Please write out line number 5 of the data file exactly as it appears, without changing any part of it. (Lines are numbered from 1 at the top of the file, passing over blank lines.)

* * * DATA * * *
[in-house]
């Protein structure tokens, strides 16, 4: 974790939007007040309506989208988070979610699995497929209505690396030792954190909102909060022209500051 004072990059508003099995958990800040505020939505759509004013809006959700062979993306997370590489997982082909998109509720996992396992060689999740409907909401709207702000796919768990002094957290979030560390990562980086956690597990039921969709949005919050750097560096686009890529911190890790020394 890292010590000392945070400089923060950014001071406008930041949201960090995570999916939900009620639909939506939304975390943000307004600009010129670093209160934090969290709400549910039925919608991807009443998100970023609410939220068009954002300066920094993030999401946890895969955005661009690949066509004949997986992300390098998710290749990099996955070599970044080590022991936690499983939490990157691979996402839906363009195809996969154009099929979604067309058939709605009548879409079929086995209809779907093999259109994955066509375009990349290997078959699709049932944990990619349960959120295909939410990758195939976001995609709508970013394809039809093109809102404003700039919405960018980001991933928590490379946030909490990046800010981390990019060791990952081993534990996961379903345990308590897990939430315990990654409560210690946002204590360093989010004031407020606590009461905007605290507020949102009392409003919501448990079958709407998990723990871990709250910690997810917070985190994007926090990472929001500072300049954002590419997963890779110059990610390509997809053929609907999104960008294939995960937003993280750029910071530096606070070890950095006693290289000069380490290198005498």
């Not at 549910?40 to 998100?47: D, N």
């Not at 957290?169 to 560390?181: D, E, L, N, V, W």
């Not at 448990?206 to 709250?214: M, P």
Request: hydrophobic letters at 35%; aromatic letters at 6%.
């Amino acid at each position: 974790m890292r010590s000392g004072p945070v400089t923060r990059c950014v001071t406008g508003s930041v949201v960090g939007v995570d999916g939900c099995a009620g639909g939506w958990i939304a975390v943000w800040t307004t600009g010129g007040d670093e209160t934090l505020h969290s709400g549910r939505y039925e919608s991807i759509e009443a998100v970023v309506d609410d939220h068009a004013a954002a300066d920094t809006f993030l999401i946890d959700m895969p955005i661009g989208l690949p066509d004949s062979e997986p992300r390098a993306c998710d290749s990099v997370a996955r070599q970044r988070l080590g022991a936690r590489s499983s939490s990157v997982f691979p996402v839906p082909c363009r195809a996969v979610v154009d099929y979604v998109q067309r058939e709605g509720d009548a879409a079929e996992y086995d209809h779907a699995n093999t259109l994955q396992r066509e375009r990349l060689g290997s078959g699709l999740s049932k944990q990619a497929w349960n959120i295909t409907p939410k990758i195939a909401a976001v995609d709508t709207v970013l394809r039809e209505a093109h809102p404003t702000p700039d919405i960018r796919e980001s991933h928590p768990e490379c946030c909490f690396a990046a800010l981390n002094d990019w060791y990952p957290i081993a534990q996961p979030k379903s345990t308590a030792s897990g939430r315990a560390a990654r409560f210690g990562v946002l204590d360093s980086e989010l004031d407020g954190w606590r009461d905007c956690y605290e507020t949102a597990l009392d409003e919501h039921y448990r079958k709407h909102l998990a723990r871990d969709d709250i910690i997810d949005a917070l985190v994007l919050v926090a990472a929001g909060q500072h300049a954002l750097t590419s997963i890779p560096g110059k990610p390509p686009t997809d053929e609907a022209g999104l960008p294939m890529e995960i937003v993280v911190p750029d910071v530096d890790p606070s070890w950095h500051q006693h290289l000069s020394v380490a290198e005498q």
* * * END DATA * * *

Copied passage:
């Not at 448990?206 to 709250?214: M, P």